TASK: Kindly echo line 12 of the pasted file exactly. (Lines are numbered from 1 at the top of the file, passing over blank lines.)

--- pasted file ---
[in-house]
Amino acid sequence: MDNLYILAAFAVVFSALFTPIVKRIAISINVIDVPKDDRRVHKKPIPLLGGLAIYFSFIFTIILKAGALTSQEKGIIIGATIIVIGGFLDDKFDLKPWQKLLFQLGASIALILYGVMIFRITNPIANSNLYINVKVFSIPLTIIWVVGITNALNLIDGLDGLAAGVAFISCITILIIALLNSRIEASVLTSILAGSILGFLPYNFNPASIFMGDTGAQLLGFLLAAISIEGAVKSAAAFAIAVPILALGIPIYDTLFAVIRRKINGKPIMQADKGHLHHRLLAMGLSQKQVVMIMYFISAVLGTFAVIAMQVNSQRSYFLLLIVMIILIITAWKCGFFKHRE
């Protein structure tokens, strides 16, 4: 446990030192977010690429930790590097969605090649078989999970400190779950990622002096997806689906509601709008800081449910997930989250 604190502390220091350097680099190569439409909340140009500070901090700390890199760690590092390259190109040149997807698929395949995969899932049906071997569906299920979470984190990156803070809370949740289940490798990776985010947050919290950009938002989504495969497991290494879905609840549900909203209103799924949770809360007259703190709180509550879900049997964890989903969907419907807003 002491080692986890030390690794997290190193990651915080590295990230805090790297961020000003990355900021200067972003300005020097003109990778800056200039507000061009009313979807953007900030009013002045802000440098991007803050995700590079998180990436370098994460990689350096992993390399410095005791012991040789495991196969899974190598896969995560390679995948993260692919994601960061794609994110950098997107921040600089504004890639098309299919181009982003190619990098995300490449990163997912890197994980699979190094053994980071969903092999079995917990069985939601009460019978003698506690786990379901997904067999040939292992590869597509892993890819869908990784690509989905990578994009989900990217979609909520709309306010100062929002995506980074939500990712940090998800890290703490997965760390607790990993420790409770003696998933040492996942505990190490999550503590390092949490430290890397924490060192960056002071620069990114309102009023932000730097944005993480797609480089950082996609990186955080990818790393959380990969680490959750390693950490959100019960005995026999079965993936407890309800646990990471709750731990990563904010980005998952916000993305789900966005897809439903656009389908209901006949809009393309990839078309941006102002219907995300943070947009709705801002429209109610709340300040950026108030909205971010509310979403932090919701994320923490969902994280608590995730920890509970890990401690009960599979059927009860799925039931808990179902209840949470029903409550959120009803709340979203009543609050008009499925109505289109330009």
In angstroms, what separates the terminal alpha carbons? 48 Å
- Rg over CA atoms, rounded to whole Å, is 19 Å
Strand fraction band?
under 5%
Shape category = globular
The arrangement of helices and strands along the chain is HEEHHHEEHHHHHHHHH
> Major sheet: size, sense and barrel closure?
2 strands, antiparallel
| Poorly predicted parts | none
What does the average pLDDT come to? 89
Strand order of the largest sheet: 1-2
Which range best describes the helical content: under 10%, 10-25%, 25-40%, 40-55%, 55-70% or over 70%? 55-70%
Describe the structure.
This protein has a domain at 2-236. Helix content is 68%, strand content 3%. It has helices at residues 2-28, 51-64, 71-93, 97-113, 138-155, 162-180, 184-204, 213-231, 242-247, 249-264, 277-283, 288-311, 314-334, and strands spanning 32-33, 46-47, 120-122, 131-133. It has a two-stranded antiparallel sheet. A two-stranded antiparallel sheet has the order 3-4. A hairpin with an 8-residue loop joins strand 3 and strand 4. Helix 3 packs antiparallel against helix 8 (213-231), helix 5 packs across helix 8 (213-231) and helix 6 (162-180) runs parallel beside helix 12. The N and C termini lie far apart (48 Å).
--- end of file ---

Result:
| Poorly predicted parts | none